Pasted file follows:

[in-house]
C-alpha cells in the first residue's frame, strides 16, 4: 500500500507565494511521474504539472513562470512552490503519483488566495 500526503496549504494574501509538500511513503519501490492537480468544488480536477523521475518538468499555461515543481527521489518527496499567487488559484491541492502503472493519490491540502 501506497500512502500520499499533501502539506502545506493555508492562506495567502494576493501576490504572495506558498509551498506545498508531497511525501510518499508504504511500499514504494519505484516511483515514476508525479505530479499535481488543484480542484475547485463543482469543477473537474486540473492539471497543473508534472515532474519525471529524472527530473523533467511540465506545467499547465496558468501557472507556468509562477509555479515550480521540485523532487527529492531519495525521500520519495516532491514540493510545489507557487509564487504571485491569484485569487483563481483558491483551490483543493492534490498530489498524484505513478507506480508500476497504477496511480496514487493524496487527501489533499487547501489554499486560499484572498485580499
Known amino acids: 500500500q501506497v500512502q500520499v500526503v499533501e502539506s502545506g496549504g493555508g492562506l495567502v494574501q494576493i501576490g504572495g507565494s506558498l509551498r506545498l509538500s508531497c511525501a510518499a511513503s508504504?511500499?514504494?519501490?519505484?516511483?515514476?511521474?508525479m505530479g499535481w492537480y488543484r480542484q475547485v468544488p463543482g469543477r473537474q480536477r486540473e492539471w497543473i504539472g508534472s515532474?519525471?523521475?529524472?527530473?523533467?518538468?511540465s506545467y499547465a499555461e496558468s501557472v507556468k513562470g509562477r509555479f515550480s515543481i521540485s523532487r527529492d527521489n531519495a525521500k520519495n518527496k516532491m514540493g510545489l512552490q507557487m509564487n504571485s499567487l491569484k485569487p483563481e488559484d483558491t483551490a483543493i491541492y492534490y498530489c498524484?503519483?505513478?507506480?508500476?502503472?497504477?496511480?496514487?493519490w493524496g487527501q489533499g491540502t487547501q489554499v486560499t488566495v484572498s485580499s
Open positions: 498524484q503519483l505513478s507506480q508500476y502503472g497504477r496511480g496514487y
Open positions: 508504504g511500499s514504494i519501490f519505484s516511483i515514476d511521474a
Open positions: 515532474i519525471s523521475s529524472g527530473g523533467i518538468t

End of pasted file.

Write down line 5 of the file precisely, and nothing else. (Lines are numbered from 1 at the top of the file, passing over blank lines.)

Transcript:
Open positions: 508504504g511500499s514504494i519501490f519505484s516511483i515514476d511521474a